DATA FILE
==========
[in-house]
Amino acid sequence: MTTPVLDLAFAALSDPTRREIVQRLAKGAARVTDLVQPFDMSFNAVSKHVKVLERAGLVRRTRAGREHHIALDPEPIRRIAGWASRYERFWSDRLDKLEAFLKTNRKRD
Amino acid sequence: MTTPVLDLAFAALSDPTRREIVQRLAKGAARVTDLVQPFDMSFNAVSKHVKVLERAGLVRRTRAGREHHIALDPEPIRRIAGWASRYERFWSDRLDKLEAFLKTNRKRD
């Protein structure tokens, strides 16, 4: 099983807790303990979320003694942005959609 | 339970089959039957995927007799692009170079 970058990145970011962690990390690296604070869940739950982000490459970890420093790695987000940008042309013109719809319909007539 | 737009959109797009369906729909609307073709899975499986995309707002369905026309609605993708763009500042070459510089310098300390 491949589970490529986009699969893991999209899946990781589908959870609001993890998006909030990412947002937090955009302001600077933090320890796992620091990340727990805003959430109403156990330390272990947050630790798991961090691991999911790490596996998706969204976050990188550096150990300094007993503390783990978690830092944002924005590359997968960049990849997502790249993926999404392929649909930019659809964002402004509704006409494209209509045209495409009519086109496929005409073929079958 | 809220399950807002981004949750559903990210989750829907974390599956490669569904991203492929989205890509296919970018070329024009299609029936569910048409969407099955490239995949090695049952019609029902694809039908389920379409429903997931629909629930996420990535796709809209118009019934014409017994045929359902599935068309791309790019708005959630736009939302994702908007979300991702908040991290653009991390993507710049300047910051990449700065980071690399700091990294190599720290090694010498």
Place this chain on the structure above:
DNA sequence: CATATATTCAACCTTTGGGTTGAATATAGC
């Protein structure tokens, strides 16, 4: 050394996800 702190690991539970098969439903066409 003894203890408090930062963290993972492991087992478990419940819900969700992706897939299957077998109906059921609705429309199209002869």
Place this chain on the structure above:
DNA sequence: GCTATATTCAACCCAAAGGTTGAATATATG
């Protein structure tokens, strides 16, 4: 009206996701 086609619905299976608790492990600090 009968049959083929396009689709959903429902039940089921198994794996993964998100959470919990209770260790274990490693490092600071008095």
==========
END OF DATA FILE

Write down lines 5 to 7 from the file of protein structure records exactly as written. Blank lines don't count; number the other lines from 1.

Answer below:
Place this chain on the structure above:
DNA sequence: CATATATTCAACCTTTGGGTTGAATATAGC
């Protein structure tokens, strides 16, 4: 050394996800 702190690991539970098969439903066409 003894203890408090930062963290993972492991087992478990419940819900969700992706897939299957077998109906059921609705429309199209002869």